The primary difference in the present invention when compared to that of the prior art transducer of FIG. 1 lies chiefly in the design and operation of the spring members. The spring members of the present invention are more compliant in response to input tension and compression along the beam axis when compared with that of the prior art. It is an important feature of the present invention that the stiffness of the spring members is greater on one side of the beam than the other. The reason for this design criteria will be made more apparent hereinafter.
The mechanical deformation of the invention in response to tension and compression is illustrated in FIGS. 4A-4C. The isolator spring members 70-84 are designed to be compliant in the X direction and the thickness (t1) of the isolator spring members (and therefore the stiffness) on one side (74, 76) (82, 84) is greater than the thickness t2 on the other side (70, 72) (78, 80). The beam 56 will also bend in response to applied tension as illustrated in FIGS. 4A and 4C. It has been discovered by experiment that the frequency of the beam will vary as a function of the bending angle θ as illustrated in FIGS. 5A and 5B and described by Equation 5. Note that this bending-frequency sensitivity is in addition to the tension-frequency sensitivity previously described.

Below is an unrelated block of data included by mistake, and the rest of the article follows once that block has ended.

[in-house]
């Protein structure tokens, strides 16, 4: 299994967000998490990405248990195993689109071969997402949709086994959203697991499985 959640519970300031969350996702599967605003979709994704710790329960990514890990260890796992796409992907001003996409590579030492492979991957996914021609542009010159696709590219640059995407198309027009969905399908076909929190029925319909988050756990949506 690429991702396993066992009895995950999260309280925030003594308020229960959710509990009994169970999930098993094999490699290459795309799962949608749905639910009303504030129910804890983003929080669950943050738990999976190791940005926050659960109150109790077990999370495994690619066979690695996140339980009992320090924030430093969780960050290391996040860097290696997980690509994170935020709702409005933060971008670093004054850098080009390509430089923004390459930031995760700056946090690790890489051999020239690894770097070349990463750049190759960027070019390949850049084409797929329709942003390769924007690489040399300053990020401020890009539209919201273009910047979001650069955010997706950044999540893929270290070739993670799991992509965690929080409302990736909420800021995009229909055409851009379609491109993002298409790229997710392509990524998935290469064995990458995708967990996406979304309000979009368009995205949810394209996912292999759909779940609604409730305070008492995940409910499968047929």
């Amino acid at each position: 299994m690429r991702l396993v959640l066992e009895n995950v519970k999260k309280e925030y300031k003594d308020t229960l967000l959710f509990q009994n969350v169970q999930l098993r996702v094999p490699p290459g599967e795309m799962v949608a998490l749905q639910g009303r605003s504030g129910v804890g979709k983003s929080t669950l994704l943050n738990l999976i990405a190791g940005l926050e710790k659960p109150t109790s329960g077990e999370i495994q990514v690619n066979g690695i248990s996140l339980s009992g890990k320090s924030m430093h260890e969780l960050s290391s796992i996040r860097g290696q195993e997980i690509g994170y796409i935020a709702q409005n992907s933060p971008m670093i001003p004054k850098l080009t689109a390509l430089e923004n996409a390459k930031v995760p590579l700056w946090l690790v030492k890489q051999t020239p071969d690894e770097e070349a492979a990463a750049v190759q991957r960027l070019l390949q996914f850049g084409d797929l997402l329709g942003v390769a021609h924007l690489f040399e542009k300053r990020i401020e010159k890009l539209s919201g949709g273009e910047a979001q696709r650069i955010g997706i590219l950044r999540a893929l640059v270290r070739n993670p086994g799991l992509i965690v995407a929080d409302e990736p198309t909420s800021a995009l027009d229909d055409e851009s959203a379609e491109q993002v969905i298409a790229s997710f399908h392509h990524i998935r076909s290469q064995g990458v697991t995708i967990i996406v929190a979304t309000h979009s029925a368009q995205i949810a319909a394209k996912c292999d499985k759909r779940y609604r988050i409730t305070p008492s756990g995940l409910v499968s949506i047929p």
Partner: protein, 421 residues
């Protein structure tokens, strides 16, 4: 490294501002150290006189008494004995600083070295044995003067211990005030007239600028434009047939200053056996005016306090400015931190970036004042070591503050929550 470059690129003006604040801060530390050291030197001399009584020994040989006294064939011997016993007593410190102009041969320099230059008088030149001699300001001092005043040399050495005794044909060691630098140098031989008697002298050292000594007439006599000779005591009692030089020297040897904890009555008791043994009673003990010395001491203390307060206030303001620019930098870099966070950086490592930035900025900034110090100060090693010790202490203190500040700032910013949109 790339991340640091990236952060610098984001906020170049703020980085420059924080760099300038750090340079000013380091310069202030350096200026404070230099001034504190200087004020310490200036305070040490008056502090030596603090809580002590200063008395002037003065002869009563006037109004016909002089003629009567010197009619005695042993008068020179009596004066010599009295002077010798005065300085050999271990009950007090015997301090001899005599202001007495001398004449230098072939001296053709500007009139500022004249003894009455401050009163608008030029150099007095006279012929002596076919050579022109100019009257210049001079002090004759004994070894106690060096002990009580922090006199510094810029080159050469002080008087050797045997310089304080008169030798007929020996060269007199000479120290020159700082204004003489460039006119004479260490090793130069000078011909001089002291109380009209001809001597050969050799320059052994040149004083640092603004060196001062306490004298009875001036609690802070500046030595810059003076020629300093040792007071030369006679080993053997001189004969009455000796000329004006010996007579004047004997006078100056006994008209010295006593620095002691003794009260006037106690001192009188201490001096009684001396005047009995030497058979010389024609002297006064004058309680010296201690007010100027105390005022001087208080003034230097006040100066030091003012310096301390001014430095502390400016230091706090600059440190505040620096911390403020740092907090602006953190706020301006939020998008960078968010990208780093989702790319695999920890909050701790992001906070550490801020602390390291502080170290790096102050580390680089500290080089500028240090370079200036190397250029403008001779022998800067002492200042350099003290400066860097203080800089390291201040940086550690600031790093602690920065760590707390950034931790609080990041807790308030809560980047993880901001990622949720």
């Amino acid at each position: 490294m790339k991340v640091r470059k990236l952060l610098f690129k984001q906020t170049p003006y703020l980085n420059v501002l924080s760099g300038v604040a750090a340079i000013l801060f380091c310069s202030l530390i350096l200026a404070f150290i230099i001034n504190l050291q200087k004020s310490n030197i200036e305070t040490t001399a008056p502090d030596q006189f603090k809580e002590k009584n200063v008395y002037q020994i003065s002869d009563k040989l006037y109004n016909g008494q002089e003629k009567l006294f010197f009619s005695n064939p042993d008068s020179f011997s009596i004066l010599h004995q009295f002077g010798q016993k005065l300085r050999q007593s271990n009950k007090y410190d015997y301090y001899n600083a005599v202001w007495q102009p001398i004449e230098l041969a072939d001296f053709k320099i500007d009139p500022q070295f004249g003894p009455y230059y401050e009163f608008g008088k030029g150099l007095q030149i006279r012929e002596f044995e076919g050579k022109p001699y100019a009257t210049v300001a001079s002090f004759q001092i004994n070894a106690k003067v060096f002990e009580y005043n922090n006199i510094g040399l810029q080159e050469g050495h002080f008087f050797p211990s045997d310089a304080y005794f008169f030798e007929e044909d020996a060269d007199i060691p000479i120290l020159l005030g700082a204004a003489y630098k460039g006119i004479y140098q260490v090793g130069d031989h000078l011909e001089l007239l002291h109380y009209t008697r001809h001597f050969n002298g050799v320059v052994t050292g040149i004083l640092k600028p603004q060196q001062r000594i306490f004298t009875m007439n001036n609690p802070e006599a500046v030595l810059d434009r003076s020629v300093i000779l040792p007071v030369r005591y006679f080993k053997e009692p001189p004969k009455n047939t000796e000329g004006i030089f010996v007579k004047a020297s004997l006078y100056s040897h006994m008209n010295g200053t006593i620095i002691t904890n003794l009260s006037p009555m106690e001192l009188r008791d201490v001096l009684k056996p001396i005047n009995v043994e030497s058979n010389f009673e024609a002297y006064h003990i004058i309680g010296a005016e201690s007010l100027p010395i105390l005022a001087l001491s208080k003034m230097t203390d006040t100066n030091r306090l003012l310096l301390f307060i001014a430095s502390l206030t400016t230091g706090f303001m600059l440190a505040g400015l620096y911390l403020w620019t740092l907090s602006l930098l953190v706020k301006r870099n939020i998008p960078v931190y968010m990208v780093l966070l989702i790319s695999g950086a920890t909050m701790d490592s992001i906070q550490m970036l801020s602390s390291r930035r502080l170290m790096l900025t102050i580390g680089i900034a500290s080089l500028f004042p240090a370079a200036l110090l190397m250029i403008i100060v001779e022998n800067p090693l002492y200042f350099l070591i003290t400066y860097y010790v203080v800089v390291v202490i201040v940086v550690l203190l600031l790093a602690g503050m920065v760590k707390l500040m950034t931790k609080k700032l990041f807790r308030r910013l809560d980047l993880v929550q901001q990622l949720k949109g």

f=f0 +K.sub.θ θ2 Eq. (5)
Where f and f0 are the same parameters
K.sub.θ =the frequency-angle sensitivity
θ=the beam bending angle
Note that this f versus θ behavior is also a second order non-linear function as was the K2 effect previously described. Note also that the frequency of the beam increases due to bending while the frequency of the beam decreases due to the K2 effect. By proper design of the isolator springs, a condition will be arrived at for which the bending effect will cancel the K2 effect. The necessary conditions for this to happen are determined in the following example:
Equation 6 is an expression which includes both the bending and tension effects on frequency.
f=f0 +K1 T+K2 T2 +K.sub.θ θ2 Eq. (6)
By design, the angle θ will be made to be a function of T as described by Equation 7.
θ=(Δθ/ΔT)T Eq. (7)
Where (Δθ/ΔT) is the bending angle versus tension sensitivity. When Equation 7 is substituted into Equation 6
f=f0 +K1 T+[K2 +K74 (Δθ/ΔT)2 ]T2 Eq. (8)
It is the object of the invention to have the T2 effects be nominally zero by designing the [K2 +K.sub.θ (Δθ/ΔT)2 ] expression to equal zero. Since K2 and K.sub.θ are known coefficients, it remains to determine the (Δθ/ΔT) coefficient as will now be explained.